QB Situation

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Oct 30, 2007
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How?

The QB knowing when a receiver is going to make a cut isn't a relationship thing. It's knowing the playbook and reading the situation correctly. They practice repeatedly so that they know how to react in different situations and they have to be on the same page. It's all about the formula.

When Weeden and Blackmon talked about their "go" signals it wasn't chemistry... It was reading the situation that the defense put in front of them and adjusting accordingly.

Knowing the playbook and the adjustments is infinitely more important than "chemistry". It just is.
I remember hearing Brandon Weeden talking about the his chemistry with Justin Blackmon. He said at time in the redzone they would just look at each other and Blackmon wold know the fade to the corner of the endzone was coming. There were times when Weeden was like the OC on the field. That type of relationship is more than just reading a defense and making the right call based off alignment.

Tyreek Hill had legit 4.2 speed and Adarius Bowman had 4.7 speed. If you just throw a generic rout, you would overthrow one and underthrow the other. A QB has to know the speed, catch radius, vertical ability, and rout running dependability of every WR on the field.

It doesn't matter if you call it chemistry or familiarity, these things are vitally important to success through the air. That's why it's common place for our QB's to work with our WR's throughout the summer outside of scheduled football practices.
 

steross

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Lol seriously stop. Why do you think NFL QB's have their own passing camps with their receivers to develop this non-existent chemistry you talk about?
Example: You tell James Washington and Marcell Ateman to both run fade routes. Its common sense you throw it up high to marcell since he's tall. However, if your QB doesn't know JW has tremendous ball skills and can go up and get it just like Marcell then how does it know how high to throw it to him since he's under 6ft? That's not something you can put in the playbook. Same thing if you tell them to run go routes. You should know the speed at which each guy runs and when they will be open, which is something you learn from practice and not the playbook.
Why does everyone take every argument to the extreme? Not to speak for him, but I think all @CTeamPoke meant was talent is going to win out over chemistry.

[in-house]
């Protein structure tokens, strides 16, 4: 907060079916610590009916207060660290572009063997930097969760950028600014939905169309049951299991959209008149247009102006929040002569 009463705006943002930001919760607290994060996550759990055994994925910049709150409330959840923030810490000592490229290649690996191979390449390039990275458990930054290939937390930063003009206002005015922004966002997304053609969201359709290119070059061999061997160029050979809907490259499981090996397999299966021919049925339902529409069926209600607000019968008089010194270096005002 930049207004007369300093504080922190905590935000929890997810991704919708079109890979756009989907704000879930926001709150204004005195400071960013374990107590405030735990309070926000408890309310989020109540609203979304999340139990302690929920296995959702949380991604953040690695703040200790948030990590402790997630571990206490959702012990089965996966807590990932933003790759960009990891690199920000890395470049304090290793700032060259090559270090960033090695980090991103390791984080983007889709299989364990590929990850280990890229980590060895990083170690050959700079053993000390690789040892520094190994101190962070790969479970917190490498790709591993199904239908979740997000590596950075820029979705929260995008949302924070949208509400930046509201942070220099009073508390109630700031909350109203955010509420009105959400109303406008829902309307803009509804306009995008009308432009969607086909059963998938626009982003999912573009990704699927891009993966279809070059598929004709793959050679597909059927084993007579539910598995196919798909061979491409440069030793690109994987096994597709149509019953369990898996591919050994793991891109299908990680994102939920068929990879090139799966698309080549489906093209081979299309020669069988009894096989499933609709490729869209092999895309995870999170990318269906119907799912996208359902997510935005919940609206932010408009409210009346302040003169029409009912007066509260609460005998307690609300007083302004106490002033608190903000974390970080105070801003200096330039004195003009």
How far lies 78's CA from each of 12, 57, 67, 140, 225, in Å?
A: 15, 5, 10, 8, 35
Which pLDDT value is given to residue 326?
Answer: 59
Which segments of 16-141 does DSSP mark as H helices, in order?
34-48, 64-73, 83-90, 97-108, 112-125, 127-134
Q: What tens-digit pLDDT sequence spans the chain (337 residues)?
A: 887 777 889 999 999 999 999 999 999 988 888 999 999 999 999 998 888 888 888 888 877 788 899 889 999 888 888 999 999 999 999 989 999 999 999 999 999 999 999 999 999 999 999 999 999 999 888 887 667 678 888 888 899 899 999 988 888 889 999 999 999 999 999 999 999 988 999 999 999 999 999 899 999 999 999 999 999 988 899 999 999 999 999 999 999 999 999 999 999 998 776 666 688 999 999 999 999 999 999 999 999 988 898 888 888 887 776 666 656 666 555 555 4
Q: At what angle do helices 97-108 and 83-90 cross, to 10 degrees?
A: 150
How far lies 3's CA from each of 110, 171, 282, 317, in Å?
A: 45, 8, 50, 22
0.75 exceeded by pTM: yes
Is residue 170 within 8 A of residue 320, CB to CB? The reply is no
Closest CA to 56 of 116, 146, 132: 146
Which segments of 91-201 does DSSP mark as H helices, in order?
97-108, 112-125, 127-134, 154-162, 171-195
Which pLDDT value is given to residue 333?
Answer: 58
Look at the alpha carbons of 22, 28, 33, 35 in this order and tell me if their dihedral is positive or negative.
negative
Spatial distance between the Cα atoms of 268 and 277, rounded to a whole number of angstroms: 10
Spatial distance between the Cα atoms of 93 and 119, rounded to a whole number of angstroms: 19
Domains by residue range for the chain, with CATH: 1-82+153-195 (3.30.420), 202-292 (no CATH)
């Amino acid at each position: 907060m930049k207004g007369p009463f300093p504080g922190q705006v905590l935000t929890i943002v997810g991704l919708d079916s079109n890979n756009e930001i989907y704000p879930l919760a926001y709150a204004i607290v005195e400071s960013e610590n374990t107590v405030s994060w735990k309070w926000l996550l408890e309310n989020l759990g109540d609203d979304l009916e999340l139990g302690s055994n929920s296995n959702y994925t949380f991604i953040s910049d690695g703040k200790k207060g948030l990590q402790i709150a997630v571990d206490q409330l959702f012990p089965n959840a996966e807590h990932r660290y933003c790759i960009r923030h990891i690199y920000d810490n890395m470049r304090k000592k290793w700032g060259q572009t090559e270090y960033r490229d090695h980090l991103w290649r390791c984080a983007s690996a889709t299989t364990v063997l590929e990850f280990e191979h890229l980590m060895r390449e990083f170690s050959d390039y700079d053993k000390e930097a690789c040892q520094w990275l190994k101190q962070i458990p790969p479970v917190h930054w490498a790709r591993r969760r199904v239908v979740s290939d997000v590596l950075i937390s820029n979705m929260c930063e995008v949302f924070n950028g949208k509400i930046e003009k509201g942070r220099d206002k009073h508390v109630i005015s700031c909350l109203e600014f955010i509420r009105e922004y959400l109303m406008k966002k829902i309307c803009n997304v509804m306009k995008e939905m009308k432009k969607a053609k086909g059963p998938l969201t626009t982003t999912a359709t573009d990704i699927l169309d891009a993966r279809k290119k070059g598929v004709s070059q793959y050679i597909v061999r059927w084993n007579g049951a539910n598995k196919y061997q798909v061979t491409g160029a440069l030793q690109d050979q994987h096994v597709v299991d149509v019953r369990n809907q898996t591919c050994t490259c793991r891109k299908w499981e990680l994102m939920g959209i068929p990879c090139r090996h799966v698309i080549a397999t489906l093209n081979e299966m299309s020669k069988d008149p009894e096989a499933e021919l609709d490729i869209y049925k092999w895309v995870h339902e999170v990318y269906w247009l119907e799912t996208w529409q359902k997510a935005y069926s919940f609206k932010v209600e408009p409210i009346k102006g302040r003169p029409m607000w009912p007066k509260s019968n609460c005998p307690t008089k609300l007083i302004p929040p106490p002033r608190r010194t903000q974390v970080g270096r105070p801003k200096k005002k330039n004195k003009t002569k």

Obviously, if a QB and receiver had never even seen each other play at all at the point the pass was being thrown and had no idea about their abilities then that would be a huge deficit. On the other hand, "chemistry" claims like every QB/WR needs to be like McCoy/Shipley BFing each other since junior high are over the top too.

All you "chemistry is everything" people answer this:
You are setting up a football game and you have $10000 riding on the outcome. Your choice is McCoy/Shipley for QB/WR, as chemistry as it gets. Or, you can have Tom Brady and Antonio Brown, who have not played together. Game is in one month, you get one daily practice. Who do you pick?
 
Oct 30, 2007
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Why does everyone take every argument to the extreme? Not to speak for him, but I think all @CTeamPoke meant was talent is going to win out over chemistry.

Obviously, if a QB and receiver had never even seen each other play at all at the point the pass was being thrown and had no idea about their abilities then that would be a huge deficit. On the other hand, "chemistry" claims like every QB/WR needs to be like McCoy/Shipley BFing each other since junior high are over the top too.

All you "chemistry is everything" people answer this:
You are setting up a football game and you have $10000 riding on the outcome. Your choice is McCoy/Shipley for QB/WR, as chemistry as it gets. Or, you can have Tom Brady and Antonio Brown, who have not played together. Game is in one month, you get one daily practice. Who do you pick?
I'm pretty sure we saw how talent without chemistry worked out under Travis Ford. But If we could recruit the best football players on the planet, I would care a lot less about chemistry.
 

jobob85

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I'm pretty sure we saw how talent without chemistry worked out under Travis Ford. But If we could recruit the best football players on the planet, I would care a lot less about chemistry.
And as mentioned how talent worked out without chemistry in the Colorado game.
No, one size fits all situation.
Carry on, I will continue to blend two single malts I don’t like to make a very good blended 15 year old.
 

steross

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I'm pretty sure we saw how talent without chemistry worked out under Travis Ford. But If we could recruit the best football players on the planet, I would care a lot less about chemistry.